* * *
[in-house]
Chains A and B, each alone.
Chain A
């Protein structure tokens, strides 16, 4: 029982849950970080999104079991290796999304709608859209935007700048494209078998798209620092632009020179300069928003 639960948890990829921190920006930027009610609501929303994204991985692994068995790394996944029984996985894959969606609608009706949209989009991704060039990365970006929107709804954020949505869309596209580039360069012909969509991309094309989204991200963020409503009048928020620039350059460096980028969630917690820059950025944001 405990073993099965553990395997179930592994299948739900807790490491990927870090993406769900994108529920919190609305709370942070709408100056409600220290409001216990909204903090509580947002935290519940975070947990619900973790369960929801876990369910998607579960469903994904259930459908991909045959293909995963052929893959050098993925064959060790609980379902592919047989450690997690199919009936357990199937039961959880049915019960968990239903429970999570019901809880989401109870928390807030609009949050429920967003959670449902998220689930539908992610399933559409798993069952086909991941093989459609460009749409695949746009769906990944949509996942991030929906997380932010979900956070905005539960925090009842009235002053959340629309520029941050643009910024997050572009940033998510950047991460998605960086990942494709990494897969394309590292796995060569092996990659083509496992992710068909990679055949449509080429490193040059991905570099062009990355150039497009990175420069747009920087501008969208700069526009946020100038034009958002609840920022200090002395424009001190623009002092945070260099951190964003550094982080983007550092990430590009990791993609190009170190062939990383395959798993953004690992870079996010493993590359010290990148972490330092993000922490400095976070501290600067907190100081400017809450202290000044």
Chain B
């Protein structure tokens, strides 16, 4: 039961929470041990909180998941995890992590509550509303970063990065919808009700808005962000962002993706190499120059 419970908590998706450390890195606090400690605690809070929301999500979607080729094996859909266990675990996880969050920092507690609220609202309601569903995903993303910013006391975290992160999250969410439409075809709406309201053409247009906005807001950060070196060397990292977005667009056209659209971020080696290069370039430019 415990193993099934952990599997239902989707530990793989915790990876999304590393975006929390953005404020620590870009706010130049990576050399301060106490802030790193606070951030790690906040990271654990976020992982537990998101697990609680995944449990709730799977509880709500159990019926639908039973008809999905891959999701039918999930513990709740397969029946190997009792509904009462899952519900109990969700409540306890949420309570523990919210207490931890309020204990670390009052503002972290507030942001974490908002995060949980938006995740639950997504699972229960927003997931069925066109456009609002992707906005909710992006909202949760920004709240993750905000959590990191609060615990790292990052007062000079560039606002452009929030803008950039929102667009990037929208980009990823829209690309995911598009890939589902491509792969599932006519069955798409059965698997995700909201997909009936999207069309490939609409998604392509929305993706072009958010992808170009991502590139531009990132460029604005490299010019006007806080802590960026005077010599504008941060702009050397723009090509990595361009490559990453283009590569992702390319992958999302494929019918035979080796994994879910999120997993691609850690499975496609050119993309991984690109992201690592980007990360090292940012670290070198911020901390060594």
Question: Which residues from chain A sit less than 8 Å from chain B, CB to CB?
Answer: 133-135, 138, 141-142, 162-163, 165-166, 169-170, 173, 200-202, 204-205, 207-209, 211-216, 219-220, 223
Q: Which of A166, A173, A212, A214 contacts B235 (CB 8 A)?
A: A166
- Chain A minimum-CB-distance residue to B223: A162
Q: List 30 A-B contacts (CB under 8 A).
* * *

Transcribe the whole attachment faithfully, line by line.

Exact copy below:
[in-house]
Chains A and B, each alone.
Chain A
């Protein structure tokens, strides 16, 4: 029982849950970080999104079991290796999304709608859209935007700048494209078998798209620092632009020179300069928003 639960948890990829921190920006930027009610609501929303994204991985692994068995790394996944029984996985894959969606609608009706949209989009991704060039990365970006929107709804954020949505869309596209580039360069012909969509991309094309989204991200963020409503009048928020620039350059460096980028969630917690820059950025944001 405990073993099965553990395997179930592994299948739900807790490491990927870090993406769900994108529920919190609305709370942070709408100056409600220290409001216990909204903090509580947002935290519940975070947990619900973790369960929801876990369910998607579960469903994904259930459908991909045959293909995963052929893959050098993925064959060790609980379902592919047989450690997690199919009936357990199937039961959880049915019960968990239903429970999570019901809880989401109870928390807030609009949050429920967003959670449902998220689930539908992610399933559409798993069952086909991941093989459609460009749409695949746009769906990944949509996942991030929906997380932010979900956070905005539960925090009842009235002053959340629309520029941050643009910024997050572009940033998510950047991460998605960086990942494709990494897969394309590292796995060569092996990659083509496992992710068909990679055949449509080429490193040059991905570099062009990355150039497009990175420069747009920087501008969208700069526009946020100038034009958002609840920022200090002395424009001190623009002092945070260099951190964003550094982080983007550092990430590009990791993609190009170190062939990383395959798993953004690992870079996010493993590359010290990148972490330092993000922490400095976070501290600067907190100081400017809450202290000044």
Chain B
């Protein structure tokens, strides 16, 4: 039961929470041990909180998941995890992590509550509303970063990065919808009700808005962000962002993706190499120059 419970908590998706450390890195606090400690605690809070929301999500979607080729094996859909266990675990996880969050920092507690609220609202309601569903995903993303910013006391975290992160999250969410439409075809709406309201053409247009906005807001950060070196060397990292977005667009056209659209971020080696290069370039430019 415990193993099934952990599997239902989707530990793989915790990876999304590393975006929390953005404020620590870009706010130049990576050399301060106490802030790193606070951030790690906040990271654990976020992982537990998101697990609680995944449990709730799977509880709500159990019926639908039973008809999905891959999701039918999930513990709740397969029946190997009792509904009462899952519900109990969700409540306890949420309570523990919210207490931890309020204990670390009052503002972290507030942001974490908002995060949980938006995740639950997504699972229960927003997931069925066109456009609002992707906005909710992006909202949760920004709240993750905000959590990191609060615990790292990052007062000079560039606002452009929030803008950039929102667009990037929208980009990823829209690309995911598009890939589902491509792969599932006519069955798409059965698997995700909201997909009936999207069309490939609409998604392509929305993706072009958010992808170009991502590139531009990132460029604005490299010019006007806080802590960026005077010599504008941060702009050397723009090509990595361009490559990453283009590569992702390319992958999302494929019918035979080796994994879910999120997993691609850690499975496609050119993309991984690109992201690592980007990360090292940012670290070198911020901390060594």
Question: Which residues from chain A sit less than 8 Å from chain B, CB to CB?
Answer: 133-135, 138, 141-142, 162-163, 165-166, 169-170, 173, 200-202, 204-205, 207-209, 211-216, 219-220, 223
Q: Which of A166, A173, A212, A214 contacts B235 (CB 8 A)?
A: A166
- Chain A minimum-CB-distance residue to B223: A162
Q: List 30 A-B contacts (CB under 8 A).